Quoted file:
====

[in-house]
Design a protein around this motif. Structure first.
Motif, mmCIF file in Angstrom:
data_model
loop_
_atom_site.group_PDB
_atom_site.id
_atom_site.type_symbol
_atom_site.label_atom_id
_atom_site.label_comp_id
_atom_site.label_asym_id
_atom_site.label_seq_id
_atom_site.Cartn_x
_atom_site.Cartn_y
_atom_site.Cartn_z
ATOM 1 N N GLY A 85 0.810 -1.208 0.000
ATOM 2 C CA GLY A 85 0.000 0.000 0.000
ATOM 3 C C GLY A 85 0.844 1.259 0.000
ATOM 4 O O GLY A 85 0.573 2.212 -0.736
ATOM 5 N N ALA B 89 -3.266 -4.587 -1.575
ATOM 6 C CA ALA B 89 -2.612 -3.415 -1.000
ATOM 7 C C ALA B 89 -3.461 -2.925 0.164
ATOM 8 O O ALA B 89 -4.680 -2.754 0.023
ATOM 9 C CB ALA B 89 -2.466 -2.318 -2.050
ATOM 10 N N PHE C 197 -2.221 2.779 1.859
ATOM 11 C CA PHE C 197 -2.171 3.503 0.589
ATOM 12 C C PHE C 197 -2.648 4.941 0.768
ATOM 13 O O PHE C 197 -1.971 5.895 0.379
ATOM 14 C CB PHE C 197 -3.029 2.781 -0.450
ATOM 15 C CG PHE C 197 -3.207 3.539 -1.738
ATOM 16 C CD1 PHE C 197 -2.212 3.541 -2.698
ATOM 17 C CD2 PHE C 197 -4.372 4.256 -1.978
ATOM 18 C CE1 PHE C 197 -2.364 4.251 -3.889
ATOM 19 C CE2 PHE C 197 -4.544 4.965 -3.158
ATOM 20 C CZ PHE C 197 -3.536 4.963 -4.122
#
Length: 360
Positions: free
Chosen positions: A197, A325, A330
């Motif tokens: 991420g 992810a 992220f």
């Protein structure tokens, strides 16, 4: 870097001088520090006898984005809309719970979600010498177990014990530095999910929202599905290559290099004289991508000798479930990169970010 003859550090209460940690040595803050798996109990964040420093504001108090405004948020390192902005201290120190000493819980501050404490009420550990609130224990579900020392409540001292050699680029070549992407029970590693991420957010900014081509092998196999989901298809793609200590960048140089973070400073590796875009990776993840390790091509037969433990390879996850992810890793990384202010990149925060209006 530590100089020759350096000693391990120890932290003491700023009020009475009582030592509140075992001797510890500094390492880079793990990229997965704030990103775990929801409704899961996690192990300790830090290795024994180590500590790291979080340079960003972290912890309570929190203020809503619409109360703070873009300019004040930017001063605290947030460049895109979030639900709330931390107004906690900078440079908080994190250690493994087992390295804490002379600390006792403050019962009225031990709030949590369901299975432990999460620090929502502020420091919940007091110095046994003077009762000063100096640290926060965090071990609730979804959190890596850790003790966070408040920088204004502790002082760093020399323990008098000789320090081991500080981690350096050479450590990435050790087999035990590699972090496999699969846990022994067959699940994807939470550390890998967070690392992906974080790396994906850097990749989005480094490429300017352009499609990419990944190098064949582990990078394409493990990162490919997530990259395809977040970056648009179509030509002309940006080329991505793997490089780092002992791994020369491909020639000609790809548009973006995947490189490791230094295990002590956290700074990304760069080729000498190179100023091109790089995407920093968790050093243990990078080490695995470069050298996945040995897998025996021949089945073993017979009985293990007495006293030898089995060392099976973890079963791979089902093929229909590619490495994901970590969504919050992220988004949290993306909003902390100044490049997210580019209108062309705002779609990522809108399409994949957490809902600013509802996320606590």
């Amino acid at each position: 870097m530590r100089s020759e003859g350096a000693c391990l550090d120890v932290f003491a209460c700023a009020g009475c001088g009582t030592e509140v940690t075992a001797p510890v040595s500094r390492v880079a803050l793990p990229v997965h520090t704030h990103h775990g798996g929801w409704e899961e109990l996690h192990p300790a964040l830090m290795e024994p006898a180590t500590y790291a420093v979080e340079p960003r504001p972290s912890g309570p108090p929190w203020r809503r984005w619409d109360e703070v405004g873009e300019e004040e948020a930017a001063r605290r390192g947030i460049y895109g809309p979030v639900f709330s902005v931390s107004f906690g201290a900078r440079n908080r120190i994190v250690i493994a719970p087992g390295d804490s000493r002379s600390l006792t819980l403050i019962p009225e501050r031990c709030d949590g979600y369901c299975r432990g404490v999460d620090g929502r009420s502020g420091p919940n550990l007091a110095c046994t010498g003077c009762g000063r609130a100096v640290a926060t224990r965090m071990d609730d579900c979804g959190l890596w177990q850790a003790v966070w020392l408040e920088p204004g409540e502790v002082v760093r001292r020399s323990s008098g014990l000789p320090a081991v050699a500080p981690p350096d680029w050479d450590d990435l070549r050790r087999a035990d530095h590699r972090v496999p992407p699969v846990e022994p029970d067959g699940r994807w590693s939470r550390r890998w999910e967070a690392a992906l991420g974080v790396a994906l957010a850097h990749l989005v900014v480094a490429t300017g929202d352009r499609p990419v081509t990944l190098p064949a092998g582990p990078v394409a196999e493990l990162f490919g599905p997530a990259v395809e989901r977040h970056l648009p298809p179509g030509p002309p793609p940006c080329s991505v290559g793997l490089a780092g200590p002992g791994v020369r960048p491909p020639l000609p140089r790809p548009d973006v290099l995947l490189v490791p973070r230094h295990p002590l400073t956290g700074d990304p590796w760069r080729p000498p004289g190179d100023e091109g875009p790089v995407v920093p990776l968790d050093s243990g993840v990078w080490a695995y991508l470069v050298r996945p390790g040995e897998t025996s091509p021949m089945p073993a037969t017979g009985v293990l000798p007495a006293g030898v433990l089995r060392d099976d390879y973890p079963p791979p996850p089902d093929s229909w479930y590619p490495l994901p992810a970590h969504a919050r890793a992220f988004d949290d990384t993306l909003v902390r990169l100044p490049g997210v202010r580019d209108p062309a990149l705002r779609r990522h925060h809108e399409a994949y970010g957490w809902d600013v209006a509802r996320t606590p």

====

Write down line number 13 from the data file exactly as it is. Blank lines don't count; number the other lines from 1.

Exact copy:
_atom_site.Cartn_x